The blocking high pressure system that we noted on Monday has weakened somewhat and migrated a little to the west and north, but continues to have a strong influence over Alaska's weather. It is residing near the Gulf of Anadyr, as seen in this morning's 500 mb analysis (see below).
The location of the persistent blocking high is unusual, as the Bering Sea is a climatologically favored zone for low pressure; blocking highs are much more common over eastern Alaska and northwestern Canada at this time of year.
With stagnant flow aloft and clear skies, the seasonally intense solar radiation is generating very warm temperatures throughout the interior and north of Alaska. Many locations across the western interior have reached at least 86 °F today, including McGrath, Tanana, Kaltag, and Huslia, and even the North Slope is hot, with at least 63 °F in Barrow and 70s in other locations. The 63 °F at Barrow is warmer than any temperature observed throughout last summer; the highest temperature for 2014 was only 58 °F.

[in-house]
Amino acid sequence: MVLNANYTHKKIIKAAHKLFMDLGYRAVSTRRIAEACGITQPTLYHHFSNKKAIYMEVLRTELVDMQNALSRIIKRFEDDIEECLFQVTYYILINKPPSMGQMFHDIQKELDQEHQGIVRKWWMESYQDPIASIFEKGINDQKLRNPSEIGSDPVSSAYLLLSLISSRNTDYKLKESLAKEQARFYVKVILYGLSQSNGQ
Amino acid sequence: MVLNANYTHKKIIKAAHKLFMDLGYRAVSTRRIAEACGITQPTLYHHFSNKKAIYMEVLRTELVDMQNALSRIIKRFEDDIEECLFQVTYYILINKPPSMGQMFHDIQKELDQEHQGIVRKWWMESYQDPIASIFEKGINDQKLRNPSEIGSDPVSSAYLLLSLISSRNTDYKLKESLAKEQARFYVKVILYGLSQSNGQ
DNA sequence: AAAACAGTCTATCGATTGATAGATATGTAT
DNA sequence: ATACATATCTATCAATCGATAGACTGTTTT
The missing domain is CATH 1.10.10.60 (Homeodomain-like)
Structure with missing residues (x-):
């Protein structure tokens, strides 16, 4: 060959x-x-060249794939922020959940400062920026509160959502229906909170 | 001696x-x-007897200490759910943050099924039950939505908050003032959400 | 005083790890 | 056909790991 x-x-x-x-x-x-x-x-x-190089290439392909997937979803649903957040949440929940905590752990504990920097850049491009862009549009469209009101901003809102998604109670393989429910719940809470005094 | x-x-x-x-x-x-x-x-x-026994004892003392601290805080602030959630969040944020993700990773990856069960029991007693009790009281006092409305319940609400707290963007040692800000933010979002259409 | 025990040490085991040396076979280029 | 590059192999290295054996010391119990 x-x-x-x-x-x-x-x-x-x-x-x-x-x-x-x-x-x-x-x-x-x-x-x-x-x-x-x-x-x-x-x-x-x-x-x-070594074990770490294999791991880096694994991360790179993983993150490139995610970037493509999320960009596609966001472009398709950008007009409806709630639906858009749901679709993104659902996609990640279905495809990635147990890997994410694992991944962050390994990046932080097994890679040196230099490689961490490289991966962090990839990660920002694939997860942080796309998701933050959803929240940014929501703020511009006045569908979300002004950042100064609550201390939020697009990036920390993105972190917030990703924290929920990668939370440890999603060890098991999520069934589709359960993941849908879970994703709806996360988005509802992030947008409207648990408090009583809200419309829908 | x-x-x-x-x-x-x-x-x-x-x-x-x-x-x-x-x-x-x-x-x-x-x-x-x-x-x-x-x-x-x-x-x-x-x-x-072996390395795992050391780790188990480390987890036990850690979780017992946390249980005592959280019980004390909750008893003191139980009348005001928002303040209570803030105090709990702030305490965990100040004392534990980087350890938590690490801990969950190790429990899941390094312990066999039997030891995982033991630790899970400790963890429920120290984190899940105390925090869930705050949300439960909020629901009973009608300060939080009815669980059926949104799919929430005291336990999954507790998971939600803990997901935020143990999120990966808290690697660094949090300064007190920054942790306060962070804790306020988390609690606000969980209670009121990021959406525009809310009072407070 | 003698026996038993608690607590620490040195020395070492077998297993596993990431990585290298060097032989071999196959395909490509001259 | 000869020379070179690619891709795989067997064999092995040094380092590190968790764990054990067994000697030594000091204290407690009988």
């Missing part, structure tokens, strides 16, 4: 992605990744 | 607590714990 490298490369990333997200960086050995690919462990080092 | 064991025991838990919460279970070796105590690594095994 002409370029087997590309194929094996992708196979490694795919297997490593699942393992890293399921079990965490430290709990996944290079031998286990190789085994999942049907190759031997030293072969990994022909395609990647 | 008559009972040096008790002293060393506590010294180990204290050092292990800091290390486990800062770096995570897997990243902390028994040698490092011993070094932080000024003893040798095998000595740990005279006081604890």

The chart below shows how persistent the unusual warmth has been in Fairbanks since late winter. Unfortunately - from the point of view of fire weather - it looks like relief will not arrive soon. The map below shows the forecast 500mb height anomaly from 3 different computer models for 7-10 days from now, and all three show a very similar pattern of continued above-normal heights (and thus above-normal temperature) over central Alaska.
Update June 20: here's a map showing the climatological frequency of cut-off high pressure centers at 500 mb in June. Northeastern Alaska and northwestern Canada lead the Northern Hemisphere in the frequency of these events, with an annualized rate of over 9 per year, which translates into nearly one per June on average. This is also the highest frequency of any location in any month of the year. However, the frequency is a lot lower over the Bering Sea.